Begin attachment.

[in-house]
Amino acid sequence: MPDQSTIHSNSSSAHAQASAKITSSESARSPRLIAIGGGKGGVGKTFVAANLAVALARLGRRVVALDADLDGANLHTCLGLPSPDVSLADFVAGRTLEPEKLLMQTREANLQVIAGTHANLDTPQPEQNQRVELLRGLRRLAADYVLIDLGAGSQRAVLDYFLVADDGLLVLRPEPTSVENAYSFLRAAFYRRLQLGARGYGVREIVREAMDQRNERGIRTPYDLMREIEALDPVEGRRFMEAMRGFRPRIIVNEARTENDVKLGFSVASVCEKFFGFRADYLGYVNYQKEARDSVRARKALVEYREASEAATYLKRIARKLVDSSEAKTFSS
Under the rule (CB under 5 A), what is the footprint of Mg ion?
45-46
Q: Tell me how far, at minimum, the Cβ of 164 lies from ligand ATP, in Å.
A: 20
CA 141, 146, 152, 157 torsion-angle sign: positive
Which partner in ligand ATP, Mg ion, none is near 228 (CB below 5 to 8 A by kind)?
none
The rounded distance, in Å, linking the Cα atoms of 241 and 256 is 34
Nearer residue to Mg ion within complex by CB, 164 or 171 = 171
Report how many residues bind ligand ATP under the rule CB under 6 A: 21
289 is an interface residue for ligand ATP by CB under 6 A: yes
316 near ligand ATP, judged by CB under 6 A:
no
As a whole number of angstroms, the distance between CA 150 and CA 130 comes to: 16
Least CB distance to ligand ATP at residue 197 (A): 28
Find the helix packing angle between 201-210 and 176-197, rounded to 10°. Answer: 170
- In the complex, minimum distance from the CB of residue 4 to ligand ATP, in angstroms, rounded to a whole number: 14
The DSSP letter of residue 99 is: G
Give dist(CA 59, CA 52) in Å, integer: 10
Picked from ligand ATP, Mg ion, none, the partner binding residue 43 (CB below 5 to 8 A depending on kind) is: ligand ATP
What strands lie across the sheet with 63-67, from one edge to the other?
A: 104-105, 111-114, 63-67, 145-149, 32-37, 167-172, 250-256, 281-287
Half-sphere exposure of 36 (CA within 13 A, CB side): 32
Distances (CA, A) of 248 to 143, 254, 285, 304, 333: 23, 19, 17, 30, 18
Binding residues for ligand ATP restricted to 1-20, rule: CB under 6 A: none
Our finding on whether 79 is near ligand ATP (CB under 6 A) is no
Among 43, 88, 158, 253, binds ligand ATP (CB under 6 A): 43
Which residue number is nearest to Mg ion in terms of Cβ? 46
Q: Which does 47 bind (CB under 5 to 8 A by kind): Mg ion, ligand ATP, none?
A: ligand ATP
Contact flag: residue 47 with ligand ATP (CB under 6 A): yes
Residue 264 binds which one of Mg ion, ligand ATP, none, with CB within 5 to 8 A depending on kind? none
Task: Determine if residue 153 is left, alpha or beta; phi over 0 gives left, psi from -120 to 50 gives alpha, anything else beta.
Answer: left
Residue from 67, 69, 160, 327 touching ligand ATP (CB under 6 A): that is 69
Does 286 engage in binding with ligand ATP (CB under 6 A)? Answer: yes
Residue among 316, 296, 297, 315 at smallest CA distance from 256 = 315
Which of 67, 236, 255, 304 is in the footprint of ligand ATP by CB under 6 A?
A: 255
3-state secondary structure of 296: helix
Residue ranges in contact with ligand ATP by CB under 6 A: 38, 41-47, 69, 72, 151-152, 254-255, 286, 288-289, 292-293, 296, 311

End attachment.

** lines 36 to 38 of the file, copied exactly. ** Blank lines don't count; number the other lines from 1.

Answer: left
Residue from 67, 69, 160, 327 touching ligand ATP (CB under 6 A): that is 69
Does 286 engage in binding with ligand ATP (CB under 6 A)? Answer: yes